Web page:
Porto is Portugal’s compact and energetic second city, built on the steep banks of the mouth of the Douro River. It avoided the ravages of the 1755 earthquake that destroyed Lisbon, thus preserving its character and you’ll find brightly tiled, tight-knit houses crowding the slopes above the historic waterfront Ribeira district as well as a charmingly tumbled-down medieval core.
The Douro River — crossed by six bridges — was historically the region’s main artery. It runs from the inland wine country to the Vila Nova de Gaia parish, across the water from the main city. There, Porto’s eponymous fortified wine still ages silently in oak casks hidden in wine cellars, just as it has for hundreds of years.
Spain & Portugal specialist Allan
Porto’s Old-World feel is obviously apparent along the riverfront but delving up into the heart of downtown you’ll find numerous beautiful tile-clad churches and elegant plazas.
Things to see and do in Porto
On the north bank of the river, Ribeira is a photogenic district of medieval townhouses and small shops. The bank is lined with brightly tiled cafes that spill onto the grey flagstones, and behind this huddles a small warren of alleys little more than an arm span across, linked by steep steps and hidden from one another like the corridors in a maze containing some of Porto’s oldest buildings.
You can easily while away time here, admiring the Douro (Riberia literally means ‘riverside’) or meandering through the lanes away from the waterfront. Or, to get a different perspective on the city, board a cruise along the river to admire the river’s six bridges.
The river is spanned by six bridges, most notably the Dom Luís I. A double decker bridge, the main road follows the lower level or — to enjoy some good views of the river and city — you can travel across the upper level on the local metro system or on foot.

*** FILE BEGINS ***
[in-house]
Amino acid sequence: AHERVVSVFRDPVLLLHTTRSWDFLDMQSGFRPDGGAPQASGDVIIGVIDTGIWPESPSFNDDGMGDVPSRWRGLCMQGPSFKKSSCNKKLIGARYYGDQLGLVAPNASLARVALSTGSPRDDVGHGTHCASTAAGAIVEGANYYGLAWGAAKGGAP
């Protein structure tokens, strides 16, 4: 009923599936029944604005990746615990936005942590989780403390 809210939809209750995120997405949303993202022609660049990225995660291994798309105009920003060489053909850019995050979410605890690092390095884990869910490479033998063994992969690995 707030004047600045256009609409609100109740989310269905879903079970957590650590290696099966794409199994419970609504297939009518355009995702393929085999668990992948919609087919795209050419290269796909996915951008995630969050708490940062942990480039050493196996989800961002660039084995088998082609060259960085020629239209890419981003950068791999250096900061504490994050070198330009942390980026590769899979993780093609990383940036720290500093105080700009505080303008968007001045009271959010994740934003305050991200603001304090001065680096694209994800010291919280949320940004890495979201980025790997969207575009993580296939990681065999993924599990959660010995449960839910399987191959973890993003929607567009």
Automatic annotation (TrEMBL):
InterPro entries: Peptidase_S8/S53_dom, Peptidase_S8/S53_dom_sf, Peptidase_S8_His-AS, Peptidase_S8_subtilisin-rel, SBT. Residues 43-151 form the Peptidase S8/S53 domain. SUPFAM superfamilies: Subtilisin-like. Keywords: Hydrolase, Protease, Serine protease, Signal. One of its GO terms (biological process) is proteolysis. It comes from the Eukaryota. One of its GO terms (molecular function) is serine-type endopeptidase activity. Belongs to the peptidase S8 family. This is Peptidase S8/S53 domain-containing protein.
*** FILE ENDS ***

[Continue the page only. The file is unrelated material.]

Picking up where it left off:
The Maria Pia Bridge, an elegant and airy construction of steel, is the oldest of the Douro’s bridges and was designed by none other than Gustave Eiffel.
The Arrábida Bridge once held the record for the longest arch in a concrete bridge. That has been surpassed, but it remains one of the major road routes between Porto and Vila Nova de Gaia.
Vila Nova de Gaia’s port wine cellars
Across the river from Ribeira, Vila Nova de Gaia is the home of the wine cellars where port is aged. A visit here is an essential part of understanding the region.
Port dates back to Great Britain’s 18th-century squabbles with France, when the British decided to buy their wine from Portuguese vineyards instead of Gallic ones. To preserve the red wine on the long voyage to London, vintners fortified their goods with brandy.
To this day, grapes for port are grown in terraced vineyards in a fixed area along the banks of the Douro River — the oldest demarcated wine region in the world and a UNESCO World Heritage Site. The wine is then shipped to Vila Nova de Gaia, where it’s spiked with brandy and aged in the cellars of the great houses like Cálem, Ferreira, Sandeman and Taylor’s.
The result is a sweet, rich after-dinner tipple best sipped from small glasses, the better to relish its bold, complicated taste. Many of the cellars offer tours, and are fronted by showrooms and exhibitions, with rows of tables for tastings afterward. You’ll be invited to try samples of the main types of port, including the youthful ruby varieties, and tawny port, which is aged for at least two years.
São Bento Railway Station